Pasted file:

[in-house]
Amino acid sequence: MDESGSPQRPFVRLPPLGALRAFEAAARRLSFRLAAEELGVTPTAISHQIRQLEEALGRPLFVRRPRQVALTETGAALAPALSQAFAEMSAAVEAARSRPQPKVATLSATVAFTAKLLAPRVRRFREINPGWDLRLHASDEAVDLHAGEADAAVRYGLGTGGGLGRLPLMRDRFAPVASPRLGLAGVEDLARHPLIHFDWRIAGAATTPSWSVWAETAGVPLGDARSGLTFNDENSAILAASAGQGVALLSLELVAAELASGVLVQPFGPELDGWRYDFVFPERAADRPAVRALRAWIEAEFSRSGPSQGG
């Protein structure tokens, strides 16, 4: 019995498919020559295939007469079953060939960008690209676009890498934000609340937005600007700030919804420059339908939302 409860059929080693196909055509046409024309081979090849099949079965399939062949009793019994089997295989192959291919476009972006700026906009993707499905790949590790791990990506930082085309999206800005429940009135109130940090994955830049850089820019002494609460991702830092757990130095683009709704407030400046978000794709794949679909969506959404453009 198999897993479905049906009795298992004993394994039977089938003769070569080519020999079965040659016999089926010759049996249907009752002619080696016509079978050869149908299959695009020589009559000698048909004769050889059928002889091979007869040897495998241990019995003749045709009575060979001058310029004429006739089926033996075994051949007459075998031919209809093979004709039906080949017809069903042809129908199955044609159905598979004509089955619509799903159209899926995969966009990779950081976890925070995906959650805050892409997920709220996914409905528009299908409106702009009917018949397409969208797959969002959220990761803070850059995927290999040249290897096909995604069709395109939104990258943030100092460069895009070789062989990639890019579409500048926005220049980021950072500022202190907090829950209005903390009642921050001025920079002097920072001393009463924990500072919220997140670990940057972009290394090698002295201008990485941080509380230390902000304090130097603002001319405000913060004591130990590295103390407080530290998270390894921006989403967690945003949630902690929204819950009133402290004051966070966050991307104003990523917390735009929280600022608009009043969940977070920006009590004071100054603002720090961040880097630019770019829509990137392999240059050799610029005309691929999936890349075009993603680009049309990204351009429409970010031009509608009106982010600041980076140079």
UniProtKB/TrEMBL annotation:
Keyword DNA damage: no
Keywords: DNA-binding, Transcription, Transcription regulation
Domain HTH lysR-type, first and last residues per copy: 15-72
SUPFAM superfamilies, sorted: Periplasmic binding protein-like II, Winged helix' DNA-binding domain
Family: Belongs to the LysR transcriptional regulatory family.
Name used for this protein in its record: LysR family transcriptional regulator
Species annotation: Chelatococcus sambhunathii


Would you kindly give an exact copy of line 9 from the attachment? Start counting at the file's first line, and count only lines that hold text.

Family: Belongs to the LysR transcriptional regulatory family.